Alaska, the Great Country

Alaska, the Great Country

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Alaska, the Great Country

Alaska, the Great Country

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Excerpt

When the Russians first came to the island of Unalaska, they were told that a vast country lay to the eastward and that its name was Al-ay-ek-sa. Their own island the Aleuts called Nagun-Alayeksa, meaning "the land lying near Alayeksa."

The Russians in time came to call the country itself Alashka; the peninsula, Aliaska; and the island, Unalashka. Alaska is an English corruption of the original name.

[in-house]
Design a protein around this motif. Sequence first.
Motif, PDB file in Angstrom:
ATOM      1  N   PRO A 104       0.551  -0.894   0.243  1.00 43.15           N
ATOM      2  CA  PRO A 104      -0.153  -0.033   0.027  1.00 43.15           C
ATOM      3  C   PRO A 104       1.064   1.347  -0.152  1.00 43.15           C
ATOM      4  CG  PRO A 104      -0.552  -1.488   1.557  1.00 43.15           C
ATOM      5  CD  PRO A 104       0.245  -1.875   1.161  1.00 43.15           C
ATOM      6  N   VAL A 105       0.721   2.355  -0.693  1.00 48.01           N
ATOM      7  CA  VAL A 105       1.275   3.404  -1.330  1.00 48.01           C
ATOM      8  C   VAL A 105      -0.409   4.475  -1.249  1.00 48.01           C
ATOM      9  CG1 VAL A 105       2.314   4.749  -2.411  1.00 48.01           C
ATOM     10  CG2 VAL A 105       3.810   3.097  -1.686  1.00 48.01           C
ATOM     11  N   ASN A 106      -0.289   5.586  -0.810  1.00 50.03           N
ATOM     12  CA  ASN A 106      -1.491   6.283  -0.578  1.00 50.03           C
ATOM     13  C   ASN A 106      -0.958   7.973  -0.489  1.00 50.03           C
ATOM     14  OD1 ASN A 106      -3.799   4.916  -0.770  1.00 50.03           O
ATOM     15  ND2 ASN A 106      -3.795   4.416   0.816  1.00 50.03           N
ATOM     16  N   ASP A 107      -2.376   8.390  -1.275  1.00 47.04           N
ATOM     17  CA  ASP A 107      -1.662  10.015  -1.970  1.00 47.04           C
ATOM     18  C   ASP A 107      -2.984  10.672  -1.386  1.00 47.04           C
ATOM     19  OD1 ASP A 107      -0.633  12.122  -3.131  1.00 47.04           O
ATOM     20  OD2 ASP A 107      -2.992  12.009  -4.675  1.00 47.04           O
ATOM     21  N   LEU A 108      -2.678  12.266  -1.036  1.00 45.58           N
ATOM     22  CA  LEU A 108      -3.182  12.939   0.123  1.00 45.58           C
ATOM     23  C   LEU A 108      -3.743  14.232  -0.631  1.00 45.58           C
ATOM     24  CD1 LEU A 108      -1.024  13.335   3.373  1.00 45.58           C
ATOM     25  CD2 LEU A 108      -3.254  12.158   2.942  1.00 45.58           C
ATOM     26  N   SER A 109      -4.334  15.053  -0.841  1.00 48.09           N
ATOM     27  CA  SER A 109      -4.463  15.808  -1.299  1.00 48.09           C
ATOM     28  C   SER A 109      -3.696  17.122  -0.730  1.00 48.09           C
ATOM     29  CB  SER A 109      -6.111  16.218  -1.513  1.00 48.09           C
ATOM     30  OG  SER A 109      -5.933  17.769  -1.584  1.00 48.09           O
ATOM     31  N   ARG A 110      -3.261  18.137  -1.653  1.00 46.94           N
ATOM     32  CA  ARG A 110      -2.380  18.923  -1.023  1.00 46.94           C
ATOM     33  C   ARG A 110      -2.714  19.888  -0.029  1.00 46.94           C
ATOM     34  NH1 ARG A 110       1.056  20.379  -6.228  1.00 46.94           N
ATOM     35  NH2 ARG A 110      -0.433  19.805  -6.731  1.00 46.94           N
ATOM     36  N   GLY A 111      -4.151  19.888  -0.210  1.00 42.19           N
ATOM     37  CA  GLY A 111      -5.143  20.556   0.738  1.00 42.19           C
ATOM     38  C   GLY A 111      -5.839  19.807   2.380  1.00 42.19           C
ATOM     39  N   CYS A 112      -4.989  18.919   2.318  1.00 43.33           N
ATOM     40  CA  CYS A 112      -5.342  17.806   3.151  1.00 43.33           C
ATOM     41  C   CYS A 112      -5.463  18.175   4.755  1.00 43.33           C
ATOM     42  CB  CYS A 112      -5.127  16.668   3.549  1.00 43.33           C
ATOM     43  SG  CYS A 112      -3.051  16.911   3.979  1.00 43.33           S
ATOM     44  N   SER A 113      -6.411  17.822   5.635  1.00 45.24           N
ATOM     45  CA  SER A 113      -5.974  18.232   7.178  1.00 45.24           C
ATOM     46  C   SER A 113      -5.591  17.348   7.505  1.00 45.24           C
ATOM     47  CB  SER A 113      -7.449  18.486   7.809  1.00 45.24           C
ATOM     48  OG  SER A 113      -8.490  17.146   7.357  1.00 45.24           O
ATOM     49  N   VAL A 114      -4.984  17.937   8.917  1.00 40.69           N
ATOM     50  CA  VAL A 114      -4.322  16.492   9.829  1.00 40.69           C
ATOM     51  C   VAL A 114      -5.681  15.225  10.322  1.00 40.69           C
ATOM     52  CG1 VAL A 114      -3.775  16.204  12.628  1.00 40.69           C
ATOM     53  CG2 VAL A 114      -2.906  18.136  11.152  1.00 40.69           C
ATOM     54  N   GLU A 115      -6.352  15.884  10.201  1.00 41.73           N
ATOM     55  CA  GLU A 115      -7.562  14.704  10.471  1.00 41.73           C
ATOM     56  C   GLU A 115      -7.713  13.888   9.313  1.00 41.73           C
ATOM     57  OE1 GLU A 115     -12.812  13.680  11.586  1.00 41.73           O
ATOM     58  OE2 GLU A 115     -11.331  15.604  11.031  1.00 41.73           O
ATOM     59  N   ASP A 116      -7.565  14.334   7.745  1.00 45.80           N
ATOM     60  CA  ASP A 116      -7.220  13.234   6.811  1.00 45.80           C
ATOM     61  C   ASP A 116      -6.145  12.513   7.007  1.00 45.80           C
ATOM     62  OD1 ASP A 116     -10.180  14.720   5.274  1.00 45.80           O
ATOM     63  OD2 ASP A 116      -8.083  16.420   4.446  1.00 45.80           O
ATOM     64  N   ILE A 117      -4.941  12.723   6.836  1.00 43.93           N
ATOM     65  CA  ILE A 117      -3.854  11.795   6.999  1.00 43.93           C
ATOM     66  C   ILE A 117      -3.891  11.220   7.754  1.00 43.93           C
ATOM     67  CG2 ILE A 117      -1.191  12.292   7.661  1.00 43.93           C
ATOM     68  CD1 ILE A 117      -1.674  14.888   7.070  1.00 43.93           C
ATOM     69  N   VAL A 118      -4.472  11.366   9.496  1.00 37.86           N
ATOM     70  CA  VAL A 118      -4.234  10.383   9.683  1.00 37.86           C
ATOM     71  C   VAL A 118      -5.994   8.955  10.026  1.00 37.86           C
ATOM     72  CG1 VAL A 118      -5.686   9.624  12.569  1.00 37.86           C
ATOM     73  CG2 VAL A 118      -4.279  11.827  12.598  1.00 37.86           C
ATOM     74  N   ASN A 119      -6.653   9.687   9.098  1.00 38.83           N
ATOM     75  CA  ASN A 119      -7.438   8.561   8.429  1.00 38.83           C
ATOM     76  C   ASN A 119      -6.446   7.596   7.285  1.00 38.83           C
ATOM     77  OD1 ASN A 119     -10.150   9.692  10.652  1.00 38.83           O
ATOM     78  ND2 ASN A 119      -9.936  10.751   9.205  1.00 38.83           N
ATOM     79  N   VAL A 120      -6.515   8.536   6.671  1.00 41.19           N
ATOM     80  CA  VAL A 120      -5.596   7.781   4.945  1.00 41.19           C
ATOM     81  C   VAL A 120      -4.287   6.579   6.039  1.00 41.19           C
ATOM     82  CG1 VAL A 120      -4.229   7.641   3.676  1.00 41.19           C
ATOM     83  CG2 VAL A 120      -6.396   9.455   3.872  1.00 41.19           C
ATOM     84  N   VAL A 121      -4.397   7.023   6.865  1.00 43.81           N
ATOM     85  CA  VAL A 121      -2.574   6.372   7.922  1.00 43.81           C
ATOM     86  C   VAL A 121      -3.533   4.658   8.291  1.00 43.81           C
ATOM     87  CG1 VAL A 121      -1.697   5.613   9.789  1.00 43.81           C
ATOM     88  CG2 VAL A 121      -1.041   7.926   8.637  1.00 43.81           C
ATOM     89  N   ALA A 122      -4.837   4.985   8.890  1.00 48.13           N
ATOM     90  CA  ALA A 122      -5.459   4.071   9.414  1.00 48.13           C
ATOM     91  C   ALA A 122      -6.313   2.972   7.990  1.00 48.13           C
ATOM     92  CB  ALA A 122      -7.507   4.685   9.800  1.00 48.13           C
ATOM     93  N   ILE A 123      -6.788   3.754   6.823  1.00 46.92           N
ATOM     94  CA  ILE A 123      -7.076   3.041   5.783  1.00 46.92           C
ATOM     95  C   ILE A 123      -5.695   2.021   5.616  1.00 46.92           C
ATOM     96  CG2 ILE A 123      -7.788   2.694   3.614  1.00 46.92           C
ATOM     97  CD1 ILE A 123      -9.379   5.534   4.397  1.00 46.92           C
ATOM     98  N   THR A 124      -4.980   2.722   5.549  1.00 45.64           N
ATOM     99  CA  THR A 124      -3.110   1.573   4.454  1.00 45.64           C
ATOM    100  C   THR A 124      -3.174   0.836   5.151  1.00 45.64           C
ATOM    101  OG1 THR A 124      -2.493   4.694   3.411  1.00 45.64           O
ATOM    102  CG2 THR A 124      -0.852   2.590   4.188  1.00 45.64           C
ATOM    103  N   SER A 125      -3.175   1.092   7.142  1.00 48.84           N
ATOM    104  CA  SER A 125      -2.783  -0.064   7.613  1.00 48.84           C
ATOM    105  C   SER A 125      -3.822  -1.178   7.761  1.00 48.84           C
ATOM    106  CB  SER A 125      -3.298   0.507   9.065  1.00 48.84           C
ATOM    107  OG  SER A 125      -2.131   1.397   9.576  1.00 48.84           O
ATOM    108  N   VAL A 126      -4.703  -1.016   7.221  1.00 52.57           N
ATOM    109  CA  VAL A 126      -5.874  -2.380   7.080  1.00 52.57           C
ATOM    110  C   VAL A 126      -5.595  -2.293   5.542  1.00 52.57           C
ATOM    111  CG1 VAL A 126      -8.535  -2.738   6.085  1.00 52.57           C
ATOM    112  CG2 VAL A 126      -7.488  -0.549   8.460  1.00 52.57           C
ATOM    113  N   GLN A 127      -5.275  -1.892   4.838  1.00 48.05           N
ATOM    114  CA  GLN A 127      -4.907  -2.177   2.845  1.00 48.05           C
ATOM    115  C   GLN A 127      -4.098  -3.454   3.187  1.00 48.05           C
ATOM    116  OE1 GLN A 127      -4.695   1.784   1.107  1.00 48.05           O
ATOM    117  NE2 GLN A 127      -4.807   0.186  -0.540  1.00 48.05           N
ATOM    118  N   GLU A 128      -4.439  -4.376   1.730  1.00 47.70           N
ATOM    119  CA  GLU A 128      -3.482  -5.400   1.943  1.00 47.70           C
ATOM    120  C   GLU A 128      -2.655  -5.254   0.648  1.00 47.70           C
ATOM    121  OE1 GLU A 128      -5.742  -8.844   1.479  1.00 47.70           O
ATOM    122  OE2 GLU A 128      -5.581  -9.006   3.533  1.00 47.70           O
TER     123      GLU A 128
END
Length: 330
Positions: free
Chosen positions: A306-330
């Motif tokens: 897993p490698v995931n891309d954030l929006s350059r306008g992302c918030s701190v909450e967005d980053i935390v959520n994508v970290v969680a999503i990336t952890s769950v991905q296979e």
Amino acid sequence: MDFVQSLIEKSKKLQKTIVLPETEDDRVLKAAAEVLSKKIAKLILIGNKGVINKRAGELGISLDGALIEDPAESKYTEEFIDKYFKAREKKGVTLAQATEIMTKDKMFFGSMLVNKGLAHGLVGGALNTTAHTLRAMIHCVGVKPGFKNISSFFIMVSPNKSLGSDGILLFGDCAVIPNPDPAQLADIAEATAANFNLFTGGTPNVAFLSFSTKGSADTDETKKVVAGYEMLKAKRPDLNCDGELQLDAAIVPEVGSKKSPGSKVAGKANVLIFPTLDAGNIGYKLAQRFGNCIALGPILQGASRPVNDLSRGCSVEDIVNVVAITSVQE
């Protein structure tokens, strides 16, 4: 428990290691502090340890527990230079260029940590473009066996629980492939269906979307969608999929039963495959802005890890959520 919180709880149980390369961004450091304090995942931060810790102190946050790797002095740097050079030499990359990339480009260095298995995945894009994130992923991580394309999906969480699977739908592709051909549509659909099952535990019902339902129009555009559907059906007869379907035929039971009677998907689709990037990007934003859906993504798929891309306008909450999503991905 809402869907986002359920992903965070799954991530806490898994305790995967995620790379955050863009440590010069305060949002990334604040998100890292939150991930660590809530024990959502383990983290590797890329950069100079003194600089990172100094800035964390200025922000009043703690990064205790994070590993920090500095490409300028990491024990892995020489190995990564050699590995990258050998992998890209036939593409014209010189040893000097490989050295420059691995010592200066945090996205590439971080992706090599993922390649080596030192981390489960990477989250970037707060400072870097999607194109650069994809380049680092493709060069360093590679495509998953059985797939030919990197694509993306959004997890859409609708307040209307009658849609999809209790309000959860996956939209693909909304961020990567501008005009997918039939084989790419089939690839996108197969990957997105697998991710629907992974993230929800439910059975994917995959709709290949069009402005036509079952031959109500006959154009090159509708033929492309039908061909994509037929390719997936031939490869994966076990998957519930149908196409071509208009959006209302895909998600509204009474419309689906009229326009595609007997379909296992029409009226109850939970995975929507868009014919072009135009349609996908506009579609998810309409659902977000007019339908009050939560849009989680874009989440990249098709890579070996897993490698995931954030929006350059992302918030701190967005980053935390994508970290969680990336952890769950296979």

A great Russian moved under inspiration when he sent Vitus Behring out to discover and explore the continent lying to the eastward; two great Americans--Seward and Sumner--were inspired when, nearly a century and a half later, they saved for us, in the face of the bitterest opposition, scorn, and ridicule, the country that Behring discovered and which is now coming to be recognized as the most glorious possession of any people; but, first of all, were the gentle, dark-eyed Aleuts inspired when they bestowed upon this same country--with the simplicity and dignified repression for which their character is noted --the beautiful and poetic name which means, "the great country. . . ."

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